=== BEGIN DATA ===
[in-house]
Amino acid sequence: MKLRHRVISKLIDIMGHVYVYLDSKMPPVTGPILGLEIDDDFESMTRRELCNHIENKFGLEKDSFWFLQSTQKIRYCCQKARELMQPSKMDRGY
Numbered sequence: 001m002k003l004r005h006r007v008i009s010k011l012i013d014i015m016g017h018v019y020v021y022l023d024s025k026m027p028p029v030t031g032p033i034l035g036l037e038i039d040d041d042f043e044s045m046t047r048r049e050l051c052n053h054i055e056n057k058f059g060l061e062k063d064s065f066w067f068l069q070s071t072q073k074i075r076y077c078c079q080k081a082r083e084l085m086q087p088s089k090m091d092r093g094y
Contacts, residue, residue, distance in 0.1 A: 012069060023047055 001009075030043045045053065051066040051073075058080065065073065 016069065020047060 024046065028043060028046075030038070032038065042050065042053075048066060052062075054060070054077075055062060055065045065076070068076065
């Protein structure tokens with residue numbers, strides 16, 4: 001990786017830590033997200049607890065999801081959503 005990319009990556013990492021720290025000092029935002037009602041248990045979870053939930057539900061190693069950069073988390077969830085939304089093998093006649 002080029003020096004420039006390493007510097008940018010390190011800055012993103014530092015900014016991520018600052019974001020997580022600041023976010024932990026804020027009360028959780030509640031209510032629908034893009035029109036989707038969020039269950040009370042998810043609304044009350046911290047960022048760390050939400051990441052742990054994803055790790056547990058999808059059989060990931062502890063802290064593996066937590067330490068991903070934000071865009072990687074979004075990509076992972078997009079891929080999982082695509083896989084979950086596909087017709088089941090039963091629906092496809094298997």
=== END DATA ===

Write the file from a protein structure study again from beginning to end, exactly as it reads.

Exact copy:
[in-house]
Amino acid sequence: MKLRHRVISKLIDIMGHVYVYLDSKMPPVTGPILGLEIDDDFESMTRRELCNHIENKFGLEKDSFWFLQSTQKIRYCCQKARELMQPSKMDRGY
Numbered sequence: 001m002k003l004r005h006r007v008i009s010k011l012i013d014i015m016g017h018v019y020v021y022l023d024s025k026m027p028p029v030t031g032p033i034l035g036l037e038i039d040d041d042f043e044s045m046t047r048r049e050l051c052n053h054i055e056n057k058f059g060l061e062k063d064s065f066w067f068l069q070s071t072q073k074i075r076y077c078c079q080k081a082r083e084l085m086q087p088s089k090m091d092r093g094y
Contacts, residue, residue, distance in 0.1 A: 012069060023047055 001009075030043045045053065051066040051073075058080065065073065 016069065020047060 024046065028043060028046075030038070032038065042050065042053075048066060052062075054060070054077075055062060055065045065076070068076065
């Protein structure tokens with residue numbers, strides 16, 4: 001990786017830590033997200049607890065999801081959503 005990319009990556013990492021720290025000092029935002037009602041248990045979870053939930057539900061190693069950069073988390077969830085939304089093998093006649 002080029003020096004420039006390493007510097008940018010390190011800055012993103014530092015900014016991520018600052019974001020997580022600041023976010024932990026804020027009360028959780030509640031209510032629908034893009035029109036989707038969020039269950040009370042998810043609304044009350046911290047960022048760390050939400051990441052742990054994803055790790056547990058999808059059989060990931062502890063802290064593996066937590067330490068991903070934000071865009072990687074979004075990509076992972078997009079891929080999982082695509083896989084979950086596909087017709088089941090039963091629906092496809094298997």